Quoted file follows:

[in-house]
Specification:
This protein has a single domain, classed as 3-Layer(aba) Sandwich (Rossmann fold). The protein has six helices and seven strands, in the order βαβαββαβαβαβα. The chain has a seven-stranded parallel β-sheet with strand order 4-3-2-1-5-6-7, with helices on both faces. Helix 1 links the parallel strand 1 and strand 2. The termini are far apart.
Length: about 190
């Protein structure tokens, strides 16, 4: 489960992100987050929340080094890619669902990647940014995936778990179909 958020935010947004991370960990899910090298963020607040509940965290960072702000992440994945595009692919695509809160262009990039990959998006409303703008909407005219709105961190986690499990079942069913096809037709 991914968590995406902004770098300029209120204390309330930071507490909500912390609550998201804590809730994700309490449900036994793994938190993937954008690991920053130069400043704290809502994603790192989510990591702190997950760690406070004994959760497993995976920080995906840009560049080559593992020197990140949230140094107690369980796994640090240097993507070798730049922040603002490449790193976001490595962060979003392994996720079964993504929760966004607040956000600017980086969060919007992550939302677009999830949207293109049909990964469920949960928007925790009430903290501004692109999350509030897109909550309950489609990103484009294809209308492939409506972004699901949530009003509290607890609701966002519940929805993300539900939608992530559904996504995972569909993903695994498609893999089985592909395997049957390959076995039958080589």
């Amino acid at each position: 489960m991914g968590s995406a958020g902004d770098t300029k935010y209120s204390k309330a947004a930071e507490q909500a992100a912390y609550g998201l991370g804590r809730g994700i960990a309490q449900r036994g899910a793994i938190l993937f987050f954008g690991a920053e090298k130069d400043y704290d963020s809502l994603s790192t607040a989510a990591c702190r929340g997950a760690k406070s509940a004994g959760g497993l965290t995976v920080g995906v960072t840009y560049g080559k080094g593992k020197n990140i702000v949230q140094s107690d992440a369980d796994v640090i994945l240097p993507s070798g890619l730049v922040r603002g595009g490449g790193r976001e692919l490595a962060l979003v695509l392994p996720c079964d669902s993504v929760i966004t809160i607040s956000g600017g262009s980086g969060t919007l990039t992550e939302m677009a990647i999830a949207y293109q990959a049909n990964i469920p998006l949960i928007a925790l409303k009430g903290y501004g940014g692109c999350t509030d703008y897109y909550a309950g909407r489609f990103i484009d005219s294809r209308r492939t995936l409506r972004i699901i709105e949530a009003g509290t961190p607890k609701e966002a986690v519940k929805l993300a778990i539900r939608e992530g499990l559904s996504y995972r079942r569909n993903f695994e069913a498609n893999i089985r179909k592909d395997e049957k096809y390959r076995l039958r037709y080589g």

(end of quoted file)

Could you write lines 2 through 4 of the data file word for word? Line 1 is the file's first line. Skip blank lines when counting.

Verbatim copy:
Specification:
This protein has a single domain, classed as 3-Layer(aba) Sandwich (Rossmann fold). The protein has six helices and seven strands, in the order βαβαββαβαβαβα. The chain has a seven-stranded parallel β-sheet with strand order 4-3-2-1-5-6-7, with helices on both faces. Helix 1 links the parallel strand 1 and strand 2. The termini are far apart.
Length: about 190